Facebook Challenge -Are They Listening?

Help us in an experiment. The rules are simple:

Pick a subject. The couple in the video chose cat food.

It can be anything, but a retail item is best. Something you would be looking to buy or a place to visit.

Something you don’t really need, and know you haven’t researched or spoken of.

Then, just spend some time talking about your subject, with your phone beside you.

Try to do it in a car or outside, away from laptops and smart t.v.’s.

Do not type your subject, into any computer or text.

Be patient. Wait and see if an ad for your subject comes across your Facebook feed, within the next week.

Please be sure tell us your results.

-Paul Revere


Did Facebook’s experiment violate ethics?

Facebook had subjected nearly 700,000 users in an experiment without their knowledge, manipulating these individuals’ news feeds, reducing positive or negative content, and examining the emotions of these individuals’ subsequent posts.

Facebook essentially sought to manipulate people’s mood. This is not a trivial undertaking. What if a depressed person became more depressed? Facebook says that the effect wasn’t large, but it was large enough for the authors to publish the study in a major science journal.

This experiment is scandalous and violates accepted research ethics.


Facebook Tinkers With Users’ Emotions in News Feed Experiment, Stirring Outcry

To Facebook, we are all lab rats.

Facebook routinely adjusts its users’ news feeds — testing out the number of ads they see or the size of photos that appear — often without their knowledge. It is all for the purpose, the company says, of creating a more alluring and useful product.

But last week, Facebook revealed that it had manipulated the news feeds of over half a million randomly selected users to change the number of positive and negative posts they saw. It was part of a psychological study to examine how emotions can be spread on social media.


Facebook’s new face recognition knows you from the side

Facebook still isn’t as good as humans when it comes to identifying people in photos, but it’s getting awfully close.

Facebook  researchers published a paper last month in which they detailed the capabilities of a new artificial intelligence system known as “DeepFace.” When asked whether two photos show the same person, DeepFace answers correctly 97.25% of the time; that’s just a shade behind humans, who clock in at 97.53%.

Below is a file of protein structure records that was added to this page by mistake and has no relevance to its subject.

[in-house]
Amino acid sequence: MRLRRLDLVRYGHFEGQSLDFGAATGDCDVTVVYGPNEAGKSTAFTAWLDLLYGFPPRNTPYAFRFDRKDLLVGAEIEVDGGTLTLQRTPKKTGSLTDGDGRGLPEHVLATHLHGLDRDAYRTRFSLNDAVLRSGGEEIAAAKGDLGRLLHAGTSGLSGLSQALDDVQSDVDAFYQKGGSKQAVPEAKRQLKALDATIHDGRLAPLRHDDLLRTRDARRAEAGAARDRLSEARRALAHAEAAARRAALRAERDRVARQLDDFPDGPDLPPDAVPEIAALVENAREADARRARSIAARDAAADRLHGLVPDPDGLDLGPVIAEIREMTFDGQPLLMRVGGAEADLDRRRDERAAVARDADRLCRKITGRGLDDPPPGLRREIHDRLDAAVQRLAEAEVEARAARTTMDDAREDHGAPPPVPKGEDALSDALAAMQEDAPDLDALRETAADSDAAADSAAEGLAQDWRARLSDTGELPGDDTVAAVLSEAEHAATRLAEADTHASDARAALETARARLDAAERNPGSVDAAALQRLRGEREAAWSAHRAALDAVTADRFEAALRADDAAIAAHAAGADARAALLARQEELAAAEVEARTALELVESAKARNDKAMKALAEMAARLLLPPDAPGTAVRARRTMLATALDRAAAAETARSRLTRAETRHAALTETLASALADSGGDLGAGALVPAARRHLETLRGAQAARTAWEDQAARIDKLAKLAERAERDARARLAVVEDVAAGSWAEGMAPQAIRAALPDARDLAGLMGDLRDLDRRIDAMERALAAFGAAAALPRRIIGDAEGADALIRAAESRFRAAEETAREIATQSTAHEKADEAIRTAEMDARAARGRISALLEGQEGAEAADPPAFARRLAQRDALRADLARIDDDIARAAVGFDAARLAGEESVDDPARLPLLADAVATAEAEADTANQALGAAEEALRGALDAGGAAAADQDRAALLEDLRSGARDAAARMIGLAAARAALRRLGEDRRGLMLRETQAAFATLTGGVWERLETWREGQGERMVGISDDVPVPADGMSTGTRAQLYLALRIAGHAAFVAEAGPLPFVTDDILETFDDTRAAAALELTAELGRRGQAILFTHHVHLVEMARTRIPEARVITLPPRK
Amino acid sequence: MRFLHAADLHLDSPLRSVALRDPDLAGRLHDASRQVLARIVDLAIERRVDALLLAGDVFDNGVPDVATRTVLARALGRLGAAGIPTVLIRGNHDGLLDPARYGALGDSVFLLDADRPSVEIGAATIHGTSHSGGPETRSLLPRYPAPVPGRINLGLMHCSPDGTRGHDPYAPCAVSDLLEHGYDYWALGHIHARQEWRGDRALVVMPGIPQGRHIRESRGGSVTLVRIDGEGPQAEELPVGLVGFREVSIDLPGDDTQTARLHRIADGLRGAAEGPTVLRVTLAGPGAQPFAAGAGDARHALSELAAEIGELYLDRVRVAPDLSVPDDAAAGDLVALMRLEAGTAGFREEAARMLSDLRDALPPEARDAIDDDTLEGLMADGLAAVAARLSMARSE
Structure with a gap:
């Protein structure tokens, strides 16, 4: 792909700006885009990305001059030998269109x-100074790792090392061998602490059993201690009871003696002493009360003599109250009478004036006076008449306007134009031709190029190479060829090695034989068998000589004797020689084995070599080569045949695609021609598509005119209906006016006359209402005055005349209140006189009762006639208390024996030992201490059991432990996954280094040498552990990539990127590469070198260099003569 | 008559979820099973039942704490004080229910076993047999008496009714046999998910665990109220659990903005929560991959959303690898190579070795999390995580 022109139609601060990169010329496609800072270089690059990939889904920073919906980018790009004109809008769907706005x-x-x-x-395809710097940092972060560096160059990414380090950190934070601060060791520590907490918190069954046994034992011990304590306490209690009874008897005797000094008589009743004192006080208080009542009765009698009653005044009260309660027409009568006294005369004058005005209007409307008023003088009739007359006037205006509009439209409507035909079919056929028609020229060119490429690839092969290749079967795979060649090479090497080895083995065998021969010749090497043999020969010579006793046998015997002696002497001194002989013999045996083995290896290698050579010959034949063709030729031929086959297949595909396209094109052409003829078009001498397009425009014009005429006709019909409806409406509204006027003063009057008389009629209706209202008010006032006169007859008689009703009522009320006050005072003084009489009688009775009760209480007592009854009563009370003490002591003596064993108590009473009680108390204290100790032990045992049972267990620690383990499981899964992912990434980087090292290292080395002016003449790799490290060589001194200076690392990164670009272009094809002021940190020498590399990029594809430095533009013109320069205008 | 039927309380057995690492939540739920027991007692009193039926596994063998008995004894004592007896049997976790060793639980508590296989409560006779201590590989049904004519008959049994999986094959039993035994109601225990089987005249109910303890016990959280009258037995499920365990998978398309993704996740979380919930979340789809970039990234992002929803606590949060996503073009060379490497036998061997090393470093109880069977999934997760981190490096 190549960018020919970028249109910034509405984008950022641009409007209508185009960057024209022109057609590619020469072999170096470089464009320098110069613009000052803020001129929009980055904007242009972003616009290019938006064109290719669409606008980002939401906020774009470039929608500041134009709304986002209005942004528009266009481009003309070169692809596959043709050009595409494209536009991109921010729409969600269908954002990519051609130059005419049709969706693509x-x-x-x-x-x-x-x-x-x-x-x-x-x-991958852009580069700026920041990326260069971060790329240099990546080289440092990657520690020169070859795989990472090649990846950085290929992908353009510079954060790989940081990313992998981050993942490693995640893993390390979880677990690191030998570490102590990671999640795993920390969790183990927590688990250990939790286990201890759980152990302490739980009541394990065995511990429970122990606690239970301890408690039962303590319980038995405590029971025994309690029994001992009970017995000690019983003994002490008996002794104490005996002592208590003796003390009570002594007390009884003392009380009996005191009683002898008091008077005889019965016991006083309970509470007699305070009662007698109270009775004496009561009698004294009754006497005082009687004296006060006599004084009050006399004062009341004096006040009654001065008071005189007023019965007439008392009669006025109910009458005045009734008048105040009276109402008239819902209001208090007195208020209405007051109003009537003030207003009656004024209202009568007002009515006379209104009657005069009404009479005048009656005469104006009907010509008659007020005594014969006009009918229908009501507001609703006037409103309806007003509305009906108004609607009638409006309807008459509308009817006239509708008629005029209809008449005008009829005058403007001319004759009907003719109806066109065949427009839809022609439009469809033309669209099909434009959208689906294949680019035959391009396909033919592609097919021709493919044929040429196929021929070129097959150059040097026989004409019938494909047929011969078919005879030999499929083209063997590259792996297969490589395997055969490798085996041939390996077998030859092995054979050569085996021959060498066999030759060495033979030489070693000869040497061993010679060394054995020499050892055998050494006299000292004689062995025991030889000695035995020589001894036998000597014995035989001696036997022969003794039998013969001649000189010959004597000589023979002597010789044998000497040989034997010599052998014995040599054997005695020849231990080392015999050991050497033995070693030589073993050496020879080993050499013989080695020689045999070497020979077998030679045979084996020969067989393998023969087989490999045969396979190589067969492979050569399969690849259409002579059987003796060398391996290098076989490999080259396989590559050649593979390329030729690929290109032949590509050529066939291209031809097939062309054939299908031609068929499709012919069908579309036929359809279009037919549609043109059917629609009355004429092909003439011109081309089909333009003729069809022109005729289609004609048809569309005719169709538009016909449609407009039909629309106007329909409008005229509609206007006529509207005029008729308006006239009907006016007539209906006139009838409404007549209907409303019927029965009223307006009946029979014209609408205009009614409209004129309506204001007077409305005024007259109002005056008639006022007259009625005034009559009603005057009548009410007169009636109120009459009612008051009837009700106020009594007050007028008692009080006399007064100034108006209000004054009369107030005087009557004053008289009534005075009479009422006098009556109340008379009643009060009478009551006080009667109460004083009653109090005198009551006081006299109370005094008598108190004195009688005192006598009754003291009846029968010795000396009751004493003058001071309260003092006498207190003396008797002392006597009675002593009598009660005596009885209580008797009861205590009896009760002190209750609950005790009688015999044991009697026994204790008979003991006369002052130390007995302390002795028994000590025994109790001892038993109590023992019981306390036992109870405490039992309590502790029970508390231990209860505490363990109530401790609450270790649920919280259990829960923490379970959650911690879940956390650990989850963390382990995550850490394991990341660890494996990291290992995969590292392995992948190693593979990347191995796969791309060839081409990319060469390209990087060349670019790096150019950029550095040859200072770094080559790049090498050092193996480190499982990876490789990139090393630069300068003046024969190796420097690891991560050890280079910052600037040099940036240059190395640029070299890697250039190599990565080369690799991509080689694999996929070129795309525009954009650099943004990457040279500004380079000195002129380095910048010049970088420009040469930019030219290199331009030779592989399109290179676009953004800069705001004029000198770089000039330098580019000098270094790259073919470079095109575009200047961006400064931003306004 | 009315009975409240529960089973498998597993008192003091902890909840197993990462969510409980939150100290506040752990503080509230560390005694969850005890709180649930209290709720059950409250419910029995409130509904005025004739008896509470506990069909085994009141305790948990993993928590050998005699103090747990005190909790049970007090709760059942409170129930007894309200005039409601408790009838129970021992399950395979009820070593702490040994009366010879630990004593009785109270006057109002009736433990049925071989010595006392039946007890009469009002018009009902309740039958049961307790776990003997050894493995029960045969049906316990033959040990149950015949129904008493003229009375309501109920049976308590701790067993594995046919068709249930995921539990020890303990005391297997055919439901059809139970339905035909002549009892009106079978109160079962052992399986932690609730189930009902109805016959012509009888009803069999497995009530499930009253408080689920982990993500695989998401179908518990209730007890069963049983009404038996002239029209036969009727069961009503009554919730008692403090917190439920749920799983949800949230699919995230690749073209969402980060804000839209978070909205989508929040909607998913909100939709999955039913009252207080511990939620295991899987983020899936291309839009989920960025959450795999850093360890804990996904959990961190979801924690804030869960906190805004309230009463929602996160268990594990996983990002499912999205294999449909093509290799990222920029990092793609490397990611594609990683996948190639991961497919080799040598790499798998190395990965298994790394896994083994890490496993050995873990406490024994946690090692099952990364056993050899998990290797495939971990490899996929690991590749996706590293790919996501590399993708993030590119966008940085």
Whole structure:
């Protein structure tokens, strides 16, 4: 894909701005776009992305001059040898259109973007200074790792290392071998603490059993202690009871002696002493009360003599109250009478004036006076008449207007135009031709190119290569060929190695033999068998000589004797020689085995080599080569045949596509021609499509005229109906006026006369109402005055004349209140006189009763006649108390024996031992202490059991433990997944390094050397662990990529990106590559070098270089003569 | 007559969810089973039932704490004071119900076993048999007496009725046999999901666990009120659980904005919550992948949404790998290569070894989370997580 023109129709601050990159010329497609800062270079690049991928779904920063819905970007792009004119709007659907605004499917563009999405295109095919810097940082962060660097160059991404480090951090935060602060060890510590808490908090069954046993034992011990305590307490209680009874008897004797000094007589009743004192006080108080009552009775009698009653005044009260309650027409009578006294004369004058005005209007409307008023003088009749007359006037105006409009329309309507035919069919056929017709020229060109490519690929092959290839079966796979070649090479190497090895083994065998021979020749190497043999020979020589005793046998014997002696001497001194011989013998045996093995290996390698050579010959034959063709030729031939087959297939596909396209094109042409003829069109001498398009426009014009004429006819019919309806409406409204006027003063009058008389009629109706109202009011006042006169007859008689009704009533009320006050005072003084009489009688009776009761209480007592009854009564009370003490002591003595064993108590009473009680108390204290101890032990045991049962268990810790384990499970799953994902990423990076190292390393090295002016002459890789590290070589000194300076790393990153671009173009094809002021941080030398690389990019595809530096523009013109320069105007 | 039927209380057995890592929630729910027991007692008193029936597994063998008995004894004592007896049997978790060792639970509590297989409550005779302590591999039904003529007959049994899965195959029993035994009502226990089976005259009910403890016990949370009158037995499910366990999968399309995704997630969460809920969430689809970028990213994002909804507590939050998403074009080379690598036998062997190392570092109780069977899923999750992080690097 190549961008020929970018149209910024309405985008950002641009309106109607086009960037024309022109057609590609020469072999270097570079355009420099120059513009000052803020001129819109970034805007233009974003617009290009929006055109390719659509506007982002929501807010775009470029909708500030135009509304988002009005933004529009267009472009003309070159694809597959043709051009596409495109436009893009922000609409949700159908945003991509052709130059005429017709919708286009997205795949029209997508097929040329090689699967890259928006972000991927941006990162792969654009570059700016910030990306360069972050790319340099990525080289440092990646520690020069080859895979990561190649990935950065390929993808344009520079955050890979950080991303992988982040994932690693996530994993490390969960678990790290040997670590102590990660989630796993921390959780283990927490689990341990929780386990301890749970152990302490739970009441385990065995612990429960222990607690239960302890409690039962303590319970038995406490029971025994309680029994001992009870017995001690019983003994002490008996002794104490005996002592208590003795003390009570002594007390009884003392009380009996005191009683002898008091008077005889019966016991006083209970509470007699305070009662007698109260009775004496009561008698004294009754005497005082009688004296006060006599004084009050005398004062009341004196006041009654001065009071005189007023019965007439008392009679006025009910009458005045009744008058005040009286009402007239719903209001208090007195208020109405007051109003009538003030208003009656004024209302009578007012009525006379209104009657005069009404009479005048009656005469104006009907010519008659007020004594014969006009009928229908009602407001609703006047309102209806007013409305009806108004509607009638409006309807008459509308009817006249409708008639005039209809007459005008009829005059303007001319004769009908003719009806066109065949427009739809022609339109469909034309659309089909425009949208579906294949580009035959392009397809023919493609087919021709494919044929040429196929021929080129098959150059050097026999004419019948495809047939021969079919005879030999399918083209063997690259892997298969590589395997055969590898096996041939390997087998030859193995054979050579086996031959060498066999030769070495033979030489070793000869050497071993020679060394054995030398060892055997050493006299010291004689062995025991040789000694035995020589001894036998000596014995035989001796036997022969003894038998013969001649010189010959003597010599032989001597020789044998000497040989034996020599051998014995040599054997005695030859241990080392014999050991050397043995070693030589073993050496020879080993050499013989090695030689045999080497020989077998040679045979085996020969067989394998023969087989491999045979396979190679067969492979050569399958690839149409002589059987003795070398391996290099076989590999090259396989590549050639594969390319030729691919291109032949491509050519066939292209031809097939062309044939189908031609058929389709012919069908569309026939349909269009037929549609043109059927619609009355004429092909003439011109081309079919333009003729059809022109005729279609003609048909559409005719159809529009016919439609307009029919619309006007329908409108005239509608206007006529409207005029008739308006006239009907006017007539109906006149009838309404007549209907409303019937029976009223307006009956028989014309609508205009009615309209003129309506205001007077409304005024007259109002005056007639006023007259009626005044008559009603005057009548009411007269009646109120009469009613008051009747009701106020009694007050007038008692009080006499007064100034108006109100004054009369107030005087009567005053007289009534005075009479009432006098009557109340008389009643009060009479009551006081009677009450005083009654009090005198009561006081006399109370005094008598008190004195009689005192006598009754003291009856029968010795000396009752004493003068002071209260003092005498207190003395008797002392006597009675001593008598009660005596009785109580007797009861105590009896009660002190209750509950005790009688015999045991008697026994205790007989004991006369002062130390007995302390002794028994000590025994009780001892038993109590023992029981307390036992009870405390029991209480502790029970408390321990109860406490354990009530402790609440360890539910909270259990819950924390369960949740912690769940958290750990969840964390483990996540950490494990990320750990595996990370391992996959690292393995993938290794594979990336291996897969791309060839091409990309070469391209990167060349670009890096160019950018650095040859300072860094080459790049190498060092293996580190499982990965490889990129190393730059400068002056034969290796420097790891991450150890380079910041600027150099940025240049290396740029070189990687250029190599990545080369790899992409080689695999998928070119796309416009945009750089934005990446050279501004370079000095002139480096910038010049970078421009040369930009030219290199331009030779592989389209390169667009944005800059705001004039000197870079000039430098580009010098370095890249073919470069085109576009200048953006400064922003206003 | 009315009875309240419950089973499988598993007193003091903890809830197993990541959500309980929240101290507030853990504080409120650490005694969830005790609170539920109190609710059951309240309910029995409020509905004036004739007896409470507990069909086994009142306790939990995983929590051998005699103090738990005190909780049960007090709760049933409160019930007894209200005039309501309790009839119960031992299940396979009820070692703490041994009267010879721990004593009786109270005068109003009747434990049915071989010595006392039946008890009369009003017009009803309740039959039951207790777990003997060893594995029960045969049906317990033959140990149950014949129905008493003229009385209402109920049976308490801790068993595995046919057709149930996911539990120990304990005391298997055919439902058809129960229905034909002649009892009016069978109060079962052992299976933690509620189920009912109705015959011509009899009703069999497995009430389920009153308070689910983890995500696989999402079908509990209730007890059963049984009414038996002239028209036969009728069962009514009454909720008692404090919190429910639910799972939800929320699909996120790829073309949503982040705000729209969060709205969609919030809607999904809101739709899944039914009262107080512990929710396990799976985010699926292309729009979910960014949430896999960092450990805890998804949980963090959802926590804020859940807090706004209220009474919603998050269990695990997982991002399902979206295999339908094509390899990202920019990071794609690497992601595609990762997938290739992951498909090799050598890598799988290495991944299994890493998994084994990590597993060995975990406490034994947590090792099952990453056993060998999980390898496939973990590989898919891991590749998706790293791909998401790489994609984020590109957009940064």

Facebook already uses facial-recognition technology to suggest tags on photos uploaded by users; Google  has similar technology for its Google+ social network. But DeepFace represents a big step forward.


Facial recognition technology is everywhere. It may not be legal.

Privacy advocates and representatives from companies like Facebook and Google are meeting in Washington on Thursday to try to set rules for how companies should use this powerful technology. They may be forgetting that a good deal of it could already be illegal.

There are no federal laws that specifically govern the use of facial recognition technology. But while few people know it, and even fewer are talking about it, both Illinois and Texas have laws against using such technology to identify people without their informed consent. That means that one out of every eight Americans currently has a legal right to biometric privacy.

Companies like Facebook and Google routinely collect facial recognition data from their users, too. Their technology may be even more accurate than the government’s. Google’s FaceNet algorithm can identify faces with 99.63 percent accuracy. Facebook’s algorithm, DeepFace, gets a 97.25 percent rating.


How to turn off facial recognition on Facebook


Not in front of the telly: Warning over ‘listening’ TV

Samsung is warning customers about discussing personal information in front of their smart television set.

The warning applies to TV viewers who control their Samsung Smart TV using its voice activation feature.

When the feature is active, such TV sets “listen” to what is said and may share what they hear with Samsung or third parties, it said.

Privacy campaigners said the technology smacked of the telescreens, in George Orwell’s 1984, which spied on citizens.

The policy explains that the TV set will be listening to people in the same room to try to spot when commands or queries are issued via the remote. It goes on to say: “If your spoken words include personal or other sensitive information, that information will be among the data captured and transmitted to a third party.”



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